New chapter! So soon, I know; I have much more time on my hands.
But here you go, and hope you enjoy; it might be a bit heartbreaking, just a warning.
But this is not the end. There will be more, though this story will be over soon.
Gibbs briskly paces into their hospital room, and the pain is hidden under his brown jacket, under layers of callouses and promises that he would protect this woman, this daughter of his that no one else would care for. Ziva.
It's obvious Tony loves her, that she loves him back; and their looks scream that they're in love.
It's amazing how much they've matured.
Years ago, he would've whacked them both on the head and sent them home. If they dared to do anything like it again, he'd fire one of them.
Now, as he observes them-hands clenched together, sitting up in (separate) hospital beds, smiling and laughing (most likely at something his Senior Field Agent has said) though she will be gone the next morning and Gibbs knows Tony will fall down-he's happy.
"Never thought they'd end up so good together. Thought it'd last a month or two, then once the lust was gone they'd separate and you'd have to break up one of the best teams of the Navy." Vance strides up from behind him, hands folded behind his back. The signature toothpick is gone (has been, for a while now, he knows) and with its absence comes a twitching frown. "Thought that's why you had that rule. But now…"
Gibbs sighs wearily. "You having second thoughts, Leon?"
"Not a doubt, Gibbs. It's just...such a shame." He nods, evidently deep in his thoughts on Eli David and his forsaken daughter.
"Maybe you should think of that the next time you take someone out of my team."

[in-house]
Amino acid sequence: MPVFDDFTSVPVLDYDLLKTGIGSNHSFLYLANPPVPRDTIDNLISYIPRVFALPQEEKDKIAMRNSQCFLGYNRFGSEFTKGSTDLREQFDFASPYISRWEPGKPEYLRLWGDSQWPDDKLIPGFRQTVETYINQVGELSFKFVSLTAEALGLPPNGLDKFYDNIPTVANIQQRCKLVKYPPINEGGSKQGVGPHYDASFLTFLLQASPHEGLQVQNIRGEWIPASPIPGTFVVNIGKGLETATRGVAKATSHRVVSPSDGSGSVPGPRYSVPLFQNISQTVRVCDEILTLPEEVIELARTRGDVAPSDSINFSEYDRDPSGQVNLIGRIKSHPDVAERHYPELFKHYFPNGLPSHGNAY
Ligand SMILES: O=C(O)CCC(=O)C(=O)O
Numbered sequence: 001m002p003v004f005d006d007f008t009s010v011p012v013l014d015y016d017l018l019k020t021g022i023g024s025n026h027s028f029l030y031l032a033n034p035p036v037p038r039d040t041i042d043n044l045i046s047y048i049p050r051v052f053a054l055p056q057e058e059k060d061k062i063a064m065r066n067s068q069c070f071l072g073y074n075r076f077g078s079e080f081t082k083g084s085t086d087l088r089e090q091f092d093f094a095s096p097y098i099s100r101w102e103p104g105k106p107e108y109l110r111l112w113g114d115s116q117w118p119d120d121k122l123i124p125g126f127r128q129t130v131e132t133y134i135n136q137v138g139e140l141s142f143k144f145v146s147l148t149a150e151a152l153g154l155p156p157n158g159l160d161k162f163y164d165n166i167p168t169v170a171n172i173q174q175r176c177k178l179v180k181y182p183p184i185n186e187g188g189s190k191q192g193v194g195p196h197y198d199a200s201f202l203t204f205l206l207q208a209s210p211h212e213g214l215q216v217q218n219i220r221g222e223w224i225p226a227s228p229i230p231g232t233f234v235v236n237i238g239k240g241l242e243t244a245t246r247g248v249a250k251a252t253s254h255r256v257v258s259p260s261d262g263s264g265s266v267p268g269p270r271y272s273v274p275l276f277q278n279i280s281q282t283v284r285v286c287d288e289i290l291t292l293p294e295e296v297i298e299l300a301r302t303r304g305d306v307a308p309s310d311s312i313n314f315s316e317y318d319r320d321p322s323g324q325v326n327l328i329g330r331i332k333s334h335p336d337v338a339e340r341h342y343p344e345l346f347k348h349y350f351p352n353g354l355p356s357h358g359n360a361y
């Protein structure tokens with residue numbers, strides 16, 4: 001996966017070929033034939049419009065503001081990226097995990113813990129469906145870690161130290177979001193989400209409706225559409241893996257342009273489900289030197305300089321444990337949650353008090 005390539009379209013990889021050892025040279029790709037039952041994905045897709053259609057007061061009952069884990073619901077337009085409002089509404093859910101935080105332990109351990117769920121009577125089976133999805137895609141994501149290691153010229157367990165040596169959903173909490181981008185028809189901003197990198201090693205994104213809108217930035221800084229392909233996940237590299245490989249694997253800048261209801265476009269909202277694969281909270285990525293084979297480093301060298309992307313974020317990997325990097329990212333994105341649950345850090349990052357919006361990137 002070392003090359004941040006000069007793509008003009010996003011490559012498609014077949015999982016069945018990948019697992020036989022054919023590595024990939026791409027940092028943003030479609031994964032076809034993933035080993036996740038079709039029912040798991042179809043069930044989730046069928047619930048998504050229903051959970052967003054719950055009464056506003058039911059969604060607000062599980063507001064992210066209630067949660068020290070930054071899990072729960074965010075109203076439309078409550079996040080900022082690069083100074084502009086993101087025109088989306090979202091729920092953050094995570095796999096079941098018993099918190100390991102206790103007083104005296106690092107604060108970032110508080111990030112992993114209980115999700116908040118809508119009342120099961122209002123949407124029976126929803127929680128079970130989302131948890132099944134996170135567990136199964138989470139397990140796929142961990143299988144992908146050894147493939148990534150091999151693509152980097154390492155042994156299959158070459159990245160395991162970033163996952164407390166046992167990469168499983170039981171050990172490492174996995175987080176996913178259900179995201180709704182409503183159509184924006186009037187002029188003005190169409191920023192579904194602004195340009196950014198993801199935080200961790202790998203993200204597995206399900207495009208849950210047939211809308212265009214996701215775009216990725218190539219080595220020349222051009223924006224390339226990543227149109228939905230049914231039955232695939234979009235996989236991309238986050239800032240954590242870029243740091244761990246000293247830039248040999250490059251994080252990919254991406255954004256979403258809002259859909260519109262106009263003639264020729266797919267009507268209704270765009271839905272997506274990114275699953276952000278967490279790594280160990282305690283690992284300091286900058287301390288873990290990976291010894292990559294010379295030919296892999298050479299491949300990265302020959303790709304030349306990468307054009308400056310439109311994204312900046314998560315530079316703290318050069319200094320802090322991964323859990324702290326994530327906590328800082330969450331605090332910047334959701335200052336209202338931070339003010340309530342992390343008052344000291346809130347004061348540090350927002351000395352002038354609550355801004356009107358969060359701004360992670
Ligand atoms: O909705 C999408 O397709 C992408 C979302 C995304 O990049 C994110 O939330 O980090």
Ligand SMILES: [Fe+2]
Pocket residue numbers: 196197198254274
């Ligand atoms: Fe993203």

"And yet you agreed." He turns to face Gibbs, daring him to say something, to say that Vance is wrong.
But he knows.
Ziva hasn't been herself.
Not since the hailing of bullets and the guilt and the stubbornness and the lack of forgiveness. It's written so clearly on her face, no matter how much she tries to hide it; just like Tony when her body was thrown into an ocean, drowned, lost at sea.
Now that it's over, that Ilan is dead, now what? (He remembers that night, that night where Tony held a gun playing the piano; he remembers it strongly, though he wishes he didn't. He knows if Ziva had really died, if Saleem had been killed and Tony got his revenge, he wouldn't live for long afterwards. They're the same, his two agents. He notices because they've become more like his children than ever.)
Another exasperated sigh escapes from his lips, and he walks heavily into the hospital room (Vance following him, he's sure), his heart full and yet hollow.
"You'll drink this, then Gibbs will extract you from the mortuary. From there, he'll brief you on your cover story and check ups, which Gibbs and DiNozzo will conduct. It will look like the bullet wounds were too much for you," Vance explains, mixing a liquid from a syringe into a cup of water. He looks from left to right, from Gibbs to DiNozzo. "The only people with this knowledge is us. No one else. Even the rest of the team."
He puts the cup down and places the syringe into his coat. Chocolate eyes meet with Ziva's, and he says, in an informal, vulnerable voice that isn't his own, "I am sorry."